Letters: Remembering Schooner Valley’s special neighbor

To the editor:

We lost ours. There will be no big fanfare. We will pay our respects and remember.

But, how do you say goodbye to that special neighbor?

Some knew him when he was born. Others, he became friends with throughout his short life.

He held his neighborhood together by what he did, and how he felt about each one of us. He was with each one of us in his own special way.

The visitor that just stopped in to check on you.

The person that fixed that old hay baler when no one else could.

Gave you a hug when he knew you needed it.

Gave you information when sometimes you had no idea what he was telling you because he was so smart it went right over your head.

Showed you how to work your computer before you threw something at it or shot it.

Watched your dogs/cats/horses while you were away and check on your home; I think he had keys to many of his friends’ homes. He was trusted by everyone.

Called you in the middle of the night to have you listen to something on the shortwave radio. Yes he was a Ham radio operator.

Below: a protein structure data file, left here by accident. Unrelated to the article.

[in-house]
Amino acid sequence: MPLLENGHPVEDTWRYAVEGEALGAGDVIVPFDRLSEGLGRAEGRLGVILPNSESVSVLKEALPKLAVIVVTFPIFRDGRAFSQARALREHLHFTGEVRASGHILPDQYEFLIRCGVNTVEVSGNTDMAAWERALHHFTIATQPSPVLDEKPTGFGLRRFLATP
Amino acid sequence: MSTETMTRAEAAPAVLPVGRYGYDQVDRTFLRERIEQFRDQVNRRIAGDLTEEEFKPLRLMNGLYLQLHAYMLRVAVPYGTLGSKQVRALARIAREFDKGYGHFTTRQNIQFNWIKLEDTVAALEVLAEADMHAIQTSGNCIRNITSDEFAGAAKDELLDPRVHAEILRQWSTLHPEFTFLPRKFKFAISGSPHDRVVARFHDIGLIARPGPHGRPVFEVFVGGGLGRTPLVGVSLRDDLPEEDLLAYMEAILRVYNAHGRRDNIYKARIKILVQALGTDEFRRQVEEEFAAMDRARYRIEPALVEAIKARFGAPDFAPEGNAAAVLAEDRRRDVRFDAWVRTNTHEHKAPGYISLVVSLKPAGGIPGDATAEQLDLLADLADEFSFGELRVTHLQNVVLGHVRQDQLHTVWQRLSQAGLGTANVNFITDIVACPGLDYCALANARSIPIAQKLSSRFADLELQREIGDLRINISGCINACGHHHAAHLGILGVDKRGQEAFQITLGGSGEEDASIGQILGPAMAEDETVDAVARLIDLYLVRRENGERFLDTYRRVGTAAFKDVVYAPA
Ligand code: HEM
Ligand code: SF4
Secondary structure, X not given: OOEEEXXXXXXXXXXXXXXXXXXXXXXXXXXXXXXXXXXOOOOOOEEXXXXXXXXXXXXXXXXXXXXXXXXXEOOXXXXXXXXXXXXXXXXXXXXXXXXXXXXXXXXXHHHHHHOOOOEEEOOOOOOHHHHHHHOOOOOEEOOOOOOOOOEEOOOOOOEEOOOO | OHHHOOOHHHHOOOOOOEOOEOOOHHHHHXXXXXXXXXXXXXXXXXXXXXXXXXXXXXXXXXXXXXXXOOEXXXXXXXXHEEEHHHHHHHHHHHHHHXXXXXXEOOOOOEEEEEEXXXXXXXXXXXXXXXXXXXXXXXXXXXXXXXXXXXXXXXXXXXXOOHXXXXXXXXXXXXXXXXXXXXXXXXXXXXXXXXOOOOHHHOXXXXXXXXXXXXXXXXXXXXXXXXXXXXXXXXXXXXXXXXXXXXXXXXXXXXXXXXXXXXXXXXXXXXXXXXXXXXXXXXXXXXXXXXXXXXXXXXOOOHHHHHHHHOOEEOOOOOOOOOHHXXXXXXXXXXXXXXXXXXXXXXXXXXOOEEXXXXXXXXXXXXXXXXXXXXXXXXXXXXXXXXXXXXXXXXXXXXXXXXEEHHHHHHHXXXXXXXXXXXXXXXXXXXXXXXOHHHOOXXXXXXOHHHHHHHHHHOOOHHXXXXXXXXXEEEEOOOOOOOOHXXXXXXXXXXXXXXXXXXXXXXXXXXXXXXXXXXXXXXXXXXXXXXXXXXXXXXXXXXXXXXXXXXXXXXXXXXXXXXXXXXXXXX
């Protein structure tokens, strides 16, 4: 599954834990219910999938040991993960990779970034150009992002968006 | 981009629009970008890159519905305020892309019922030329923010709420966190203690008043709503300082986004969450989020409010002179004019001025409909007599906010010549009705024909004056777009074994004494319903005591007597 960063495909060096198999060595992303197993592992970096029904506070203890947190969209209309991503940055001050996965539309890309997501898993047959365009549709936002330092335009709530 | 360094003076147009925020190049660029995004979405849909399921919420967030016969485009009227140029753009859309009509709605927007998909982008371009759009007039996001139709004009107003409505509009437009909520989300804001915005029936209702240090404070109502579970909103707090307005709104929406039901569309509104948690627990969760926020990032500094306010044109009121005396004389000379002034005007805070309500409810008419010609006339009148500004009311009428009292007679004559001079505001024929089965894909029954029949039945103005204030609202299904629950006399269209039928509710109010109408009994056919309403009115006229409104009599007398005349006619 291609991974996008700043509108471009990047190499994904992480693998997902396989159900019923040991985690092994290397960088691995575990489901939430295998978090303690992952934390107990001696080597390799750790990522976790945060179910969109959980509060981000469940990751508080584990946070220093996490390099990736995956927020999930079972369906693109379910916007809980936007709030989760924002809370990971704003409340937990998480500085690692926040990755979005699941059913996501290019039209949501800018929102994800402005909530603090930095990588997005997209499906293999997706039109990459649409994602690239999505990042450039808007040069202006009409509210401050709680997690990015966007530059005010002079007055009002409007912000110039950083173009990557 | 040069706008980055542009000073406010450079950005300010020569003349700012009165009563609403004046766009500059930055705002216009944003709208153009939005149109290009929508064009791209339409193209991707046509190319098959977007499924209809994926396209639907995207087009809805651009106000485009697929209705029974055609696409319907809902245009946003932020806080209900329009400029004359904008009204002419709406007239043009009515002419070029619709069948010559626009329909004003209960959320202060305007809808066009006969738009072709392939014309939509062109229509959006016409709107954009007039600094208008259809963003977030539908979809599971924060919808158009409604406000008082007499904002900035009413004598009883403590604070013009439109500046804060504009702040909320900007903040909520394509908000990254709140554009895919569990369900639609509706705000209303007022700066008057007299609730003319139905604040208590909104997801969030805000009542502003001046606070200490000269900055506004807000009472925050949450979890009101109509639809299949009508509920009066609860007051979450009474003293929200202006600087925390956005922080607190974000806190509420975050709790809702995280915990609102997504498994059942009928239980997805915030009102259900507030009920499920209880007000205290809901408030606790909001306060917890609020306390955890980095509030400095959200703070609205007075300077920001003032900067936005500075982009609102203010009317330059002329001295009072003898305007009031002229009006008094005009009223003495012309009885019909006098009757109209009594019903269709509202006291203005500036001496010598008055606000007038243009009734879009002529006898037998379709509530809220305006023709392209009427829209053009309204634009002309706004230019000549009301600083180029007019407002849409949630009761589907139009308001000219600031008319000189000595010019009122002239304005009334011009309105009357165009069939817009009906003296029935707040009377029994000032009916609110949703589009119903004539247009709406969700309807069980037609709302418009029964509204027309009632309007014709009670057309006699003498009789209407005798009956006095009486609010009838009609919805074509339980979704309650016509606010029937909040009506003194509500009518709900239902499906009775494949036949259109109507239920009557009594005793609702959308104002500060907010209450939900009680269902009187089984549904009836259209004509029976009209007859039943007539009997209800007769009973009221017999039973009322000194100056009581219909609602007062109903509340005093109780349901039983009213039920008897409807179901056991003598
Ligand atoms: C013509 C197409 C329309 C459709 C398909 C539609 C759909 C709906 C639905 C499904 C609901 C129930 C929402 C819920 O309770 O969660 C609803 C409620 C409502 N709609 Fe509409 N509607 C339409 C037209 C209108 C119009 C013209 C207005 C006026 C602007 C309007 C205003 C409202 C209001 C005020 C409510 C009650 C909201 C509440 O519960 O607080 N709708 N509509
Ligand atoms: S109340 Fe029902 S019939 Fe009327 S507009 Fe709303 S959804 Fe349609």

Fixed a car so it could last 26 years. I am sure there was nothing he could not fix. OK, there may have been a time or two when he would say give up on it (only because he could not find parts or make them).

His brain was so full and he shared what was in it with all of us. He gave each one of us the ability to try and do things to make things a bit easier and better — too many to list; it would take the entire newspaper.

But the part of him that was so big was his heart, and that belonged to his neighbors, friends and family whom he thought of as his to take care of.

Schooner Valley was his and we will all miss him because he was to many a son, friend, brother, mentor. He was our Mr. Fix-it in every way.

There will be tears, but they will pass. Our memories will be with us for as long as each of his neighbors live.

So from the bottom of our hearts, thank you, Bennett Hatchett, for being one of God’s special angels and being a part of our lives.

We will not say good-bye; we will see you when we see you.

From all your neighbors in your valley,

Phyllis Riskey, Brown County

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